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Anthropologist Jack Goody's comparative study of marriage around the world, using the Ethnographic Atlas, demonstrated a historical correlation between the practice of extensive shifting horticulture and polygyny in the majority of Sub-Saharan African societies.Drawing on the work of Ester Boserup, Goody notes that in some of the sparsely populated regions where shifting cultivation takes place in Africa, much of the work is done by women.
In some countries where polygamy is illegal, and sometimes even when legal, at times it is known for men to have one or more mistresses, whom they do not marry.It was accepted in ancient Greece, until the Roman Empire and the Roman Catholic Church.In North America, polygyny is practiced by some Mormon sects, such as the Fundamentalist Church of Jesus Christ of Latter-Day Saints (FLDS Church).Goody says, "The reasons behind polygyny are sexual and reproductive rather than economic and productive" (199), arguing that men marry polygynously to maximize their fertility and to obtain large households containing many young dependent males." Polygyny also served as "a dynamic principle of family survival, growth, security, continuity, and prestige," especially as a socially approved mechanism that increases the number of adult workers immediately and the eventual workforce of resident children.Scholars have argued that in farming systems where men do most of the agriculture work, a second wife can be an economic burden rather than an asset.Under this tenure system, an additional wife is an economic asset that helps the family to expand its production.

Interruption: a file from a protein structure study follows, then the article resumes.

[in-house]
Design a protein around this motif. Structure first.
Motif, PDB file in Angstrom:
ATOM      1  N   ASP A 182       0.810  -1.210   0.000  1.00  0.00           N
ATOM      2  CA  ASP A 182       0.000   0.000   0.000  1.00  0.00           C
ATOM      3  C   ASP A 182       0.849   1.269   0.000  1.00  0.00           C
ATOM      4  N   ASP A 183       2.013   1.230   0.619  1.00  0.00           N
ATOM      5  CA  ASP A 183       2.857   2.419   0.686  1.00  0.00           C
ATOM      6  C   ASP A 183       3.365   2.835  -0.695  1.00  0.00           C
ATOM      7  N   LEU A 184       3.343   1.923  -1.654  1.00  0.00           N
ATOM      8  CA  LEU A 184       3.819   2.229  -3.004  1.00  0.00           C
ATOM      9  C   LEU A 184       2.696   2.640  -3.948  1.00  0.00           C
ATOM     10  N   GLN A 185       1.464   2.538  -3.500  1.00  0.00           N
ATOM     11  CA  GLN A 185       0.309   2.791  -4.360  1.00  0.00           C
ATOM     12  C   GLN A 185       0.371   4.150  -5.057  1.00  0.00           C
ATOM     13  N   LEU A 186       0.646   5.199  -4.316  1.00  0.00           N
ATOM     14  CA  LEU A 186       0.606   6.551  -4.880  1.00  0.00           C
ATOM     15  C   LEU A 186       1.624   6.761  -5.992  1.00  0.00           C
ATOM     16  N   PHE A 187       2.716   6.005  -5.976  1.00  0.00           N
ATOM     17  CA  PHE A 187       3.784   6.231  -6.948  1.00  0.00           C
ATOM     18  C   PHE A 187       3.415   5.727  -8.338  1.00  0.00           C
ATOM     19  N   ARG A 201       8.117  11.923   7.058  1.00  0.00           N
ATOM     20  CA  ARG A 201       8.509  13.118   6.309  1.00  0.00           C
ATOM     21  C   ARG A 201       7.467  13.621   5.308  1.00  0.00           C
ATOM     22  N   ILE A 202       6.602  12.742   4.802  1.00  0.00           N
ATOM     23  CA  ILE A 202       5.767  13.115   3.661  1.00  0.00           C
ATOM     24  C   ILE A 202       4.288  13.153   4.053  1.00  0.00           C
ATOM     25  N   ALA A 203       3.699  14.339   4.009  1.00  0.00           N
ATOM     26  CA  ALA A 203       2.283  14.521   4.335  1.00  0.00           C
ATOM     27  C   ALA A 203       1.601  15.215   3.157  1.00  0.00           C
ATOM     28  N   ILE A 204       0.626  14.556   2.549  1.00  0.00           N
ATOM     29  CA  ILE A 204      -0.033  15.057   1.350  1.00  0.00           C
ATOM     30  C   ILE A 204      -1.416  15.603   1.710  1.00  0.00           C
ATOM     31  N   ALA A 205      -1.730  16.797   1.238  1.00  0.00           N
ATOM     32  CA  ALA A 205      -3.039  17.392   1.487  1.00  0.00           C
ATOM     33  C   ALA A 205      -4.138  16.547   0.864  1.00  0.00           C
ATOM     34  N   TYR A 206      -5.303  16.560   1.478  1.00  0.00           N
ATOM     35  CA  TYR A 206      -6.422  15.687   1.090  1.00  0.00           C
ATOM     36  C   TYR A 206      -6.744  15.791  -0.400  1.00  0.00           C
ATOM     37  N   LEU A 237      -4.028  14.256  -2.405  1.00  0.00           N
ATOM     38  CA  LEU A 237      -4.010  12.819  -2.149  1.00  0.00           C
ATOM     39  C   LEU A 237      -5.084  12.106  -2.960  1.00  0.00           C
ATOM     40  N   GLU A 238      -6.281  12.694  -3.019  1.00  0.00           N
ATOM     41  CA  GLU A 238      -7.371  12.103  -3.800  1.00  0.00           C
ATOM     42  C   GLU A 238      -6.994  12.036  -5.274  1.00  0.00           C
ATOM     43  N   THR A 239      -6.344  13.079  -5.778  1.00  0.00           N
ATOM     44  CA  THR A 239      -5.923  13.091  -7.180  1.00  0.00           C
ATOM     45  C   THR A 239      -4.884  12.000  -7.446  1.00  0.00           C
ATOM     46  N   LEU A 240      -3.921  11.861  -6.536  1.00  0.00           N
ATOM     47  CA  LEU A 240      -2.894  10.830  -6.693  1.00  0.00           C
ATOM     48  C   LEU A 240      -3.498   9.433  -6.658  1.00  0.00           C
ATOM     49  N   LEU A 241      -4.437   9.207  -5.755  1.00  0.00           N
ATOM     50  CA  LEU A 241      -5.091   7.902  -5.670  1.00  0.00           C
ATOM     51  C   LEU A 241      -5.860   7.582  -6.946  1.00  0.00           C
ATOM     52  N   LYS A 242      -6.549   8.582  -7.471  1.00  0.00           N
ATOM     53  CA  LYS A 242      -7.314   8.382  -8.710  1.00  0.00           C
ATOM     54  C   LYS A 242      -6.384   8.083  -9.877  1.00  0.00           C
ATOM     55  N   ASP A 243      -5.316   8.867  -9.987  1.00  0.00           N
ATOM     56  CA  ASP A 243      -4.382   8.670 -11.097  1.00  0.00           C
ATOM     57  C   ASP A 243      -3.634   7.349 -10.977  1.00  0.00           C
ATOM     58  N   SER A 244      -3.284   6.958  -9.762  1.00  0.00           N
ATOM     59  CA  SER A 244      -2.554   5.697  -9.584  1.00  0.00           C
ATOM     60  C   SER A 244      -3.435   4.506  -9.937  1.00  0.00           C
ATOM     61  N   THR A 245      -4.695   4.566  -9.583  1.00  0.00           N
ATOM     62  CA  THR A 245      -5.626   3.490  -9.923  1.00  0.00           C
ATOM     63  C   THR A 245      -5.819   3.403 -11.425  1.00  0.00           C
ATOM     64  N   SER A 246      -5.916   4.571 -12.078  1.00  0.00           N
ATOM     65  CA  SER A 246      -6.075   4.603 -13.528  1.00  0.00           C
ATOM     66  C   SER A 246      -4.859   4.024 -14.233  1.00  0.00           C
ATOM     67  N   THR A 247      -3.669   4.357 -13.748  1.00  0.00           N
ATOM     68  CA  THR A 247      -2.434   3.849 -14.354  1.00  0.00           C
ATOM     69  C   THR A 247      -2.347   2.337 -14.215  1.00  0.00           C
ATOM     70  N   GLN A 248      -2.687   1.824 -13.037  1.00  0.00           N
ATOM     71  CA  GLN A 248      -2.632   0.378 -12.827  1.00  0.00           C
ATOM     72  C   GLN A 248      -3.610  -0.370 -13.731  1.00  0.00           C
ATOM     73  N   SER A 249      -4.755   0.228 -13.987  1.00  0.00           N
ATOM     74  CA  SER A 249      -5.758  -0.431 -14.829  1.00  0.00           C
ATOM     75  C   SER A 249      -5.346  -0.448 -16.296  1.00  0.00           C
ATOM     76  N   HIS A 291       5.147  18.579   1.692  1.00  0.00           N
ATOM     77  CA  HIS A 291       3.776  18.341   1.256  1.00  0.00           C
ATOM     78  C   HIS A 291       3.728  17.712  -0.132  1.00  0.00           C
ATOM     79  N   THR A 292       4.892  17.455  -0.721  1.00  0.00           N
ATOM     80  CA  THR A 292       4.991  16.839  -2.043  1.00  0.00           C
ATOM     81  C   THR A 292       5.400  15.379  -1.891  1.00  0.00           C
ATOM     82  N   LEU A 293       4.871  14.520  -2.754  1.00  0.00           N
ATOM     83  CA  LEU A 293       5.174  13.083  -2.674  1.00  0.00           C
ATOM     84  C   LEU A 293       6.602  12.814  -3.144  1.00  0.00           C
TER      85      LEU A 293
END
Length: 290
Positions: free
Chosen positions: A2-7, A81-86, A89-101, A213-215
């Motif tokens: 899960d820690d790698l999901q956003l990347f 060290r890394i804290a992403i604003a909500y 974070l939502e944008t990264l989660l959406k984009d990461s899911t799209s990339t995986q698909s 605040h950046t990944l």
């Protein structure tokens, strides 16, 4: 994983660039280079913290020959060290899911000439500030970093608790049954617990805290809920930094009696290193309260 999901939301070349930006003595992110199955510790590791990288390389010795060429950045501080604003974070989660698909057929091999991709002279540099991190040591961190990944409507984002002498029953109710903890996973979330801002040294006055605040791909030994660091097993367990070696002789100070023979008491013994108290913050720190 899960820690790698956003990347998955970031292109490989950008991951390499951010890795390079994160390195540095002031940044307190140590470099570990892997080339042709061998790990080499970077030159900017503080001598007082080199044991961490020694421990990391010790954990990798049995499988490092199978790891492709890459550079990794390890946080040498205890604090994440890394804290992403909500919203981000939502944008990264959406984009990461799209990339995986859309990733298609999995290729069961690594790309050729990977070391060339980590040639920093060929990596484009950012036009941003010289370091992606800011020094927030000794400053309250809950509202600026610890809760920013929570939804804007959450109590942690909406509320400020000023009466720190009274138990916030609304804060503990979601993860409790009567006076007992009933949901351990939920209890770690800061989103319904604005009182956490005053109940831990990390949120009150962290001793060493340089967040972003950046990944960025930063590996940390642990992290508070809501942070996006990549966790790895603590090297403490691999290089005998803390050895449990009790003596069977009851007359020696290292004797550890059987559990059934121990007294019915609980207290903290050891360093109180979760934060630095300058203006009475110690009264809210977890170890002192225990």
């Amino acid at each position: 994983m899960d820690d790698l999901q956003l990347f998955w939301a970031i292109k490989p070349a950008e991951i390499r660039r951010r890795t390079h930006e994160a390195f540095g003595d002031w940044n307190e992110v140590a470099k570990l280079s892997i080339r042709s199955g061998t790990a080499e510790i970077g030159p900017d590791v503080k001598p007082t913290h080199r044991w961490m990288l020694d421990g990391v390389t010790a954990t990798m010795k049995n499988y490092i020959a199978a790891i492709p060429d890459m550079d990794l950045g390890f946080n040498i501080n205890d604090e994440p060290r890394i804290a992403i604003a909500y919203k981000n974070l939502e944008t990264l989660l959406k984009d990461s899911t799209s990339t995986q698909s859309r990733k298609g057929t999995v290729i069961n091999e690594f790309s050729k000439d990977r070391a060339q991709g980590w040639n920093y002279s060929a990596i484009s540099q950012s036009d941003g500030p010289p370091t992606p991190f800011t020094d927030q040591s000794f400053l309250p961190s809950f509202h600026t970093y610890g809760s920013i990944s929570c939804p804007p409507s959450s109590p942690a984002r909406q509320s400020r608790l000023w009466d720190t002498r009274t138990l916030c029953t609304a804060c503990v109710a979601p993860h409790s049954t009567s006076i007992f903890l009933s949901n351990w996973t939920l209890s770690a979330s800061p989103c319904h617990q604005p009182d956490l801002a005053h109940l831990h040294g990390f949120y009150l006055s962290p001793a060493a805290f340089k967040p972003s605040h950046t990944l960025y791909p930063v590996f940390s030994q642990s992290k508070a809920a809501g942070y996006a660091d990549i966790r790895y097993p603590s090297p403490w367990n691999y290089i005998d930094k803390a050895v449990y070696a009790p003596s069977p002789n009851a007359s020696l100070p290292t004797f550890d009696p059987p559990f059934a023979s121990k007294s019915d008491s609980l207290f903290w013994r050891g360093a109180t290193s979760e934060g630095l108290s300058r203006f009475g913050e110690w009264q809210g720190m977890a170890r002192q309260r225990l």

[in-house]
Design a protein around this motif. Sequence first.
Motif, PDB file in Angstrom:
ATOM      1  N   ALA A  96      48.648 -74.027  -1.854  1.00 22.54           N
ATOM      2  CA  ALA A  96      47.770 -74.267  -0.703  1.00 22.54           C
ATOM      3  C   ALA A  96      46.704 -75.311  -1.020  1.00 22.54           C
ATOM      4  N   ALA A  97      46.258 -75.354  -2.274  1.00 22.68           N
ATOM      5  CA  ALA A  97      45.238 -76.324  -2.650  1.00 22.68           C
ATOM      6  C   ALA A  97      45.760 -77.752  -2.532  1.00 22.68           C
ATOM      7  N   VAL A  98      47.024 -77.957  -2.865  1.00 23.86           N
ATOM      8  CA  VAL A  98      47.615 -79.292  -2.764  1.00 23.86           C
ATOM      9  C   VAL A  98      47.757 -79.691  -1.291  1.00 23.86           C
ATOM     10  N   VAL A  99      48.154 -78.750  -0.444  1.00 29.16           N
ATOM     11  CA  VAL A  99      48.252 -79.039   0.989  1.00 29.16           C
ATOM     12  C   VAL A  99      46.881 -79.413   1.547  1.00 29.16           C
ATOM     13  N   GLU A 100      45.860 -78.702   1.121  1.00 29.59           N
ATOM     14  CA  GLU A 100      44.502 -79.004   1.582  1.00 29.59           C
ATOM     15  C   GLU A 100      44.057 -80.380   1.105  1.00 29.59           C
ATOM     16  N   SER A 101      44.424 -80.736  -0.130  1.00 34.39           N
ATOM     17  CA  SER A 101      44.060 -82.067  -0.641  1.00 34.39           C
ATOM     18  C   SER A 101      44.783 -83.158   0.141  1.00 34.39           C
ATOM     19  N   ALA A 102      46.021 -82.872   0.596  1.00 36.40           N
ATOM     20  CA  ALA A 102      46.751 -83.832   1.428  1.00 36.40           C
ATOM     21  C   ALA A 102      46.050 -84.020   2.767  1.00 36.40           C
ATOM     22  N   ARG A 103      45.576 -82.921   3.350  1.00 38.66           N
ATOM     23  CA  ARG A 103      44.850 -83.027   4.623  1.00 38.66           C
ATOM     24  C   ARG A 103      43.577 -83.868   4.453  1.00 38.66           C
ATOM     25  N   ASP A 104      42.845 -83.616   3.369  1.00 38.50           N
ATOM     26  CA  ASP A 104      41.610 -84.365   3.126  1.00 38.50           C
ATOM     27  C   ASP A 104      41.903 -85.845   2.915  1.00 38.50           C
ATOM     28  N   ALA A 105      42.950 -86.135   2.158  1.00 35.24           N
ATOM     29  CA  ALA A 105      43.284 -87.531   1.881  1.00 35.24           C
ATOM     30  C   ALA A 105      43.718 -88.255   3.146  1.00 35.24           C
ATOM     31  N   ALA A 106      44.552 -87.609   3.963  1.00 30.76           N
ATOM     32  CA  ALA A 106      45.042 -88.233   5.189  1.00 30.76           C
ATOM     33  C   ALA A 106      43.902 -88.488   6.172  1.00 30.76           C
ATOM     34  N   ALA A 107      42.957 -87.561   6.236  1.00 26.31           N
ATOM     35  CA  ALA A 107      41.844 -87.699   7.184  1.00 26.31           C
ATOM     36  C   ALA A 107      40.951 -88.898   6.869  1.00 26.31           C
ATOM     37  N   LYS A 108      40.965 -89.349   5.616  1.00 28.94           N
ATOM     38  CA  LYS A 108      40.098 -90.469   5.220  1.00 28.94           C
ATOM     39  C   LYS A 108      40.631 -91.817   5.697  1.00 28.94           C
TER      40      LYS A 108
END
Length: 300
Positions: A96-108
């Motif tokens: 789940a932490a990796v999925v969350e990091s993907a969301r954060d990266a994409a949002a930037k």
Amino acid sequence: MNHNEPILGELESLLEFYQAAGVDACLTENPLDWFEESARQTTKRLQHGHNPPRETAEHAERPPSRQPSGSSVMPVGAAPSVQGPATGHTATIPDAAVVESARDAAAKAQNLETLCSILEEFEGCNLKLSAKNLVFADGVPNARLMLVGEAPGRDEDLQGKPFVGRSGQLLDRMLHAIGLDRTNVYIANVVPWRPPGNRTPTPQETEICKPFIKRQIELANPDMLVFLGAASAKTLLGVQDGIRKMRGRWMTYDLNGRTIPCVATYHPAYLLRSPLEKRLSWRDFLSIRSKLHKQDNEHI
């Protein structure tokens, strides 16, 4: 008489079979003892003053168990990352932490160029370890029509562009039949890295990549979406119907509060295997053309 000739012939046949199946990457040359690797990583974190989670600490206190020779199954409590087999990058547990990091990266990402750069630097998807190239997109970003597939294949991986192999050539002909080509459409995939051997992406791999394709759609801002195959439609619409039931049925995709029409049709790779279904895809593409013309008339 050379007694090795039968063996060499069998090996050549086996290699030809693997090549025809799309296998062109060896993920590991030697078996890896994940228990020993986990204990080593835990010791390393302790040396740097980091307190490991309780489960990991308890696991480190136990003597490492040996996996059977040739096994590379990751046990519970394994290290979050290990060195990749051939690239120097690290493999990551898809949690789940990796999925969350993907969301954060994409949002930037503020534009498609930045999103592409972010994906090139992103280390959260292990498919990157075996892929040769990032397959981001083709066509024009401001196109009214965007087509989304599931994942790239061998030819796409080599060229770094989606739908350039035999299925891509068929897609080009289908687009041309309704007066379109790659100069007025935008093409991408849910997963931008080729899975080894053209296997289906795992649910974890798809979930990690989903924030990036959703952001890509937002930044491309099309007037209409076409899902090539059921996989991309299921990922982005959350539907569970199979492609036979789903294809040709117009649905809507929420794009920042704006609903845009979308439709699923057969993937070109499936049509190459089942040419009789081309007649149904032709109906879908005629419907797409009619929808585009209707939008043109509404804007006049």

The economist Michèle Tertilt concludes that countries that practice polygyny are less economically stable than those that practice monogamy.
A report by the secretariat of the UN Economic Commission for Africa (ECA) quotes: "one of the strongest appeals of polygyny to men in Africa is precisely its economic aspect, for a man with several wives commands more land, can produce more food for his household and can achieve a high status due to the wealth which he can command.".
This implies that members of a tribe, which commands a certain territory, have a native right to take land under cultivation for food production and in many cases also for the cultivation of cash crops.
In order to feed an additional wife, the husband must either work harder himself or he must hire laborers to do part of the work.
In such regions, polygyny is either non-existent or is a luxury which only a small minority of rich farmers can indulge.
However, the second wife will usually do the most tiresome work, almost as if she were a servant to the first wife, and will be inferior to the first wife in status.